UPDATED: 4:47 p.m.
PHILADELPHIA (KYW Newsradio) — The city's public health commissioner announced drastic changes to coronavirus restrictions in Philadelphia, including a full ban on indoor gatherings and indoor dining, as cases continue to rise.
At a media briefing Monday afternoon, Dr. Tom Farley announced a program he called Safer at Home. Starting Friday and lasting until at least Jan. 1, 2021, the city will impose several new restrictions, falling short of an economic shutdown but strongly discouraging people from interacting in person.
There will be a ban on indoor gatherings of any size, public or private, involving people from more than one household — meaning no indoor weddings, baby showers or football watch parties. Small social gatherings have been the primary source of the spread.
Outdoor gatherings are limited to 10% of maximum occupancy, with no more than 2,000 people allowed in large spaces. There will be no fans at Eagles games.
Indoor restaurant dining is once again prohibited. Outdoor dining is restricted to groups of household members only, four seats per group. Takeout and delivery services can continue.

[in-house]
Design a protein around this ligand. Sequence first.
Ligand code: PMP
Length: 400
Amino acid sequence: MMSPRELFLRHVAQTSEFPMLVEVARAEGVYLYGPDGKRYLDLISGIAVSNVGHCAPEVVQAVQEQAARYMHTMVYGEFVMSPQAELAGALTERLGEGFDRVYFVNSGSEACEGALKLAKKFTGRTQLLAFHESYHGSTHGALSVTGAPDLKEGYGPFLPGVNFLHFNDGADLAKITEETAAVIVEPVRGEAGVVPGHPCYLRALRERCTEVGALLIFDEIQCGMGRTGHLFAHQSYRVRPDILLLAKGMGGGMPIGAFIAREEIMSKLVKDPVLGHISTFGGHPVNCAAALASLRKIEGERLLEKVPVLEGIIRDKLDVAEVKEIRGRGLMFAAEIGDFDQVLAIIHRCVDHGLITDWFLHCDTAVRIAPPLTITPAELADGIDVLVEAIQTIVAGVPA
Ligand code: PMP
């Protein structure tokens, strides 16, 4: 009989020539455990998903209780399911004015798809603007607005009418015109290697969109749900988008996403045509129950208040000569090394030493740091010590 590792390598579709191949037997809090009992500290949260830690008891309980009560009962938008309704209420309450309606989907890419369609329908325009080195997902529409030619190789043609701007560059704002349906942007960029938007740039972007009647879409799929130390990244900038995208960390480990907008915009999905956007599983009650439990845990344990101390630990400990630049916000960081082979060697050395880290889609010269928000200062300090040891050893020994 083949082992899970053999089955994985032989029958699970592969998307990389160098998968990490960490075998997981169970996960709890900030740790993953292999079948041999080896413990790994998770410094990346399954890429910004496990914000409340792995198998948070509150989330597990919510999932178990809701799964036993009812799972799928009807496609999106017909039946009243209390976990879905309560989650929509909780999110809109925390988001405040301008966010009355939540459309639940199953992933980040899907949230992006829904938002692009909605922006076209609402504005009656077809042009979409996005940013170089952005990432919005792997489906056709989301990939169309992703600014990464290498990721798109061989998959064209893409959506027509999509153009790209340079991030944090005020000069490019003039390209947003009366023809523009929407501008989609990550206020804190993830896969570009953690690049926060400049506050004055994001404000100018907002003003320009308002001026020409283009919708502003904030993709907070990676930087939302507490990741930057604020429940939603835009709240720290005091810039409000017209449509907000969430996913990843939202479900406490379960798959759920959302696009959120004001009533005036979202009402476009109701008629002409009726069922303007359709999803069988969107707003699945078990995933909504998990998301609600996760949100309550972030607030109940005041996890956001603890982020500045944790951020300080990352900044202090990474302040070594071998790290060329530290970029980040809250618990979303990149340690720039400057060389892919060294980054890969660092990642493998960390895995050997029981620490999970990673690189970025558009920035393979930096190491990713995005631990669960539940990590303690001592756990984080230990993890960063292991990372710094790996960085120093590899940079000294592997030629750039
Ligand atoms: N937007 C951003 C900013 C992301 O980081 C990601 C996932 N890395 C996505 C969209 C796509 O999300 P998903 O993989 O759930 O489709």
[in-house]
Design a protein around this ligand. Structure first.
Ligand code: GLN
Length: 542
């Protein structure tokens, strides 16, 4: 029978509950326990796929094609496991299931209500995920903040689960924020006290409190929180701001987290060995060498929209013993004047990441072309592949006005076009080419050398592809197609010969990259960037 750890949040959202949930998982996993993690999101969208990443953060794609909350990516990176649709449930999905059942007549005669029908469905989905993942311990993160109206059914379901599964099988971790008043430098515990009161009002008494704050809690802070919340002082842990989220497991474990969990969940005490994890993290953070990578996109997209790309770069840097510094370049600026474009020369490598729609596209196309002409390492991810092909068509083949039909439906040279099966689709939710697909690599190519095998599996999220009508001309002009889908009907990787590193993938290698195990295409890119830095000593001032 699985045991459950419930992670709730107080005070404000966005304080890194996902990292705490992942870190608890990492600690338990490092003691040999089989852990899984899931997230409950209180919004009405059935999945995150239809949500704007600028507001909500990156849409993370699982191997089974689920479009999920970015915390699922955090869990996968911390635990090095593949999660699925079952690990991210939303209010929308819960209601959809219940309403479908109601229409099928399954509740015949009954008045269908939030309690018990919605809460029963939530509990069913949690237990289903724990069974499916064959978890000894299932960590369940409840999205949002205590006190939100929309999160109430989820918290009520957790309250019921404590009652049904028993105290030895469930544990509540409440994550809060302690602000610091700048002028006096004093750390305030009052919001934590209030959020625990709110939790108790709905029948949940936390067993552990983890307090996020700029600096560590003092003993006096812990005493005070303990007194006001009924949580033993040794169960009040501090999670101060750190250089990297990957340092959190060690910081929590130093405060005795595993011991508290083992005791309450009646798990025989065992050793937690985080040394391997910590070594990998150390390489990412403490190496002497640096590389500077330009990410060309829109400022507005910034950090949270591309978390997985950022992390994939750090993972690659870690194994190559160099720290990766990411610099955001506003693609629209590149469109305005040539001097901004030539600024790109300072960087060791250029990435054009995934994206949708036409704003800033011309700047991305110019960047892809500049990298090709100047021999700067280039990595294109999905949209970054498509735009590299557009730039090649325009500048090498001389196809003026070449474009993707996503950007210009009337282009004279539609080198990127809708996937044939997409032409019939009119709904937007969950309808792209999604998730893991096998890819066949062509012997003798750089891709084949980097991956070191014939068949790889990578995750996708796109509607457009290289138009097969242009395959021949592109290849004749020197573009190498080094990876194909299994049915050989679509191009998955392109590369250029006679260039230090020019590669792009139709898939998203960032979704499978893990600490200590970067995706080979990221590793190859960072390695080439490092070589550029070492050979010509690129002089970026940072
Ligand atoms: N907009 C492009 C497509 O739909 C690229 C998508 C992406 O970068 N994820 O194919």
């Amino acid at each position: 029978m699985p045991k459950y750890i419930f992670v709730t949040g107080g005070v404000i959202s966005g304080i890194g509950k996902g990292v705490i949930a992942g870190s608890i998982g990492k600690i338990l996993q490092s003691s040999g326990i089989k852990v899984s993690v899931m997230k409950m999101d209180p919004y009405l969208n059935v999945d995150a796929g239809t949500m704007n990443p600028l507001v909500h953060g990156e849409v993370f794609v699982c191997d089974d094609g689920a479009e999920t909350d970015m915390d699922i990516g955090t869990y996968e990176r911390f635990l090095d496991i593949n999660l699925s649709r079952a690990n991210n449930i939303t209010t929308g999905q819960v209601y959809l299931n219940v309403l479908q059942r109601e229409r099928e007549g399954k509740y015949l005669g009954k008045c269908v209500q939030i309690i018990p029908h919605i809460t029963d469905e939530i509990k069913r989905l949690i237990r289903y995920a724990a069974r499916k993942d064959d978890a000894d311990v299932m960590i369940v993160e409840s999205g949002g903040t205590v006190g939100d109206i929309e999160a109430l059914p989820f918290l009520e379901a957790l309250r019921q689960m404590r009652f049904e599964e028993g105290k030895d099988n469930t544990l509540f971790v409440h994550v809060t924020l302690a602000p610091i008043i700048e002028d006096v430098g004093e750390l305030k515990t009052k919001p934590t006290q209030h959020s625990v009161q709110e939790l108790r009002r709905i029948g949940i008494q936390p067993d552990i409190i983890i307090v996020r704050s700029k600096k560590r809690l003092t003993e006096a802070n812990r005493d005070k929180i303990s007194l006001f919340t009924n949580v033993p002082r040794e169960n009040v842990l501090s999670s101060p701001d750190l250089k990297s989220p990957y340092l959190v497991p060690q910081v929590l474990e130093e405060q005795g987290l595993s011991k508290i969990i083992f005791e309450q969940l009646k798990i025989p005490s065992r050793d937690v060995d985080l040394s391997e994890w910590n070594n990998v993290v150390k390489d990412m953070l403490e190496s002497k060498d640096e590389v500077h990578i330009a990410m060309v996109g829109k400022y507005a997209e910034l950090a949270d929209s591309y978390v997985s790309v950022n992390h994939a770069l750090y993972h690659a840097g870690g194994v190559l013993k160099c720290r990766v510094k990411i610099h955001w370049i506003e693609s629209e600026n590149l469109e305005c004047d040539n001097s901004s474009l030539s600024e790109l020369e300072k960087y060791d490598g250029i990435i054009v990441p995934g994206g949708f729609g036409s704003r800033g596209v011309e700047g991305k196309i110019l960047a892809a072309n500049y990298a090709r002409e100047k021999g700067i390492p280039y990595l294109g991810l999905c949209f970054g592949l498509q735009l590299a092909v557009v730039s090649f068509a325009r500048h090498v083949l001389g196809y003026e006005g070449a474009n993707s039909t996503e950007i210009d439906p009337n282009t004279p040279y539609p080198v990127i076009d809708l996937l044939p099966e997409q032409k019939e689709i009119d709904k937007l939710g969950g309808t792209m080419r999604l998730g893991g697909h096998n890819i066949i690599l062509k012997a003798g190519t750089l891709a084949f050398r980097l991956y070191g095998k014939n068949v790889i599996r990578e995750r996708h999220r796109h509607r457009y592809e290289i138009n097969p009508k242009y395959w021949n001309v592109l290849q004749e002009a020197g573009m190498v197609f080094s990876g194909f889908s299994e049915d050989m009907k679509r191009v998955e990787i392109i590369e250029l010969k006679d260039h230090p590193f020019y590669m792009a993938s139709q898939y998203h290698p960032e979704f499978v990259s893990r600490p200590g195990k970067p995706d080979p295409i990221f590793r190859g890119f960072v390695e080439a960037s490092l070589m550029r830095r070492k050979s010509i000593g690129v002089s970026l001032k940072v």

Retail businesses may remain open, but with no more than five occupants allowed per 1,000 square feet. Mask use is to be enforced among workers and customers. And, everyone must work from home unless doing so is not possible.
Youth, community and school sports must stop activities, and teams should not travel. College sports and pro games can still play if their COVID-19 safety plan is approved by the Department of Public Health, and games are held without spectators.
Other spaces that will not be allowed include gyms, museums, libraries, movie theaters, performance spaces, senior centers, casinos, and bowling alleys, arcades, or other game spaces.
Libraries serving as access centers for Philadelphia students will continue to operate. Exercise classes can continue outdoors.
Religious services are allowed, with only five people per 1,000 square feet, or 5% maximum occupancy. However, all religious services are strongly encouraged to be conducted online.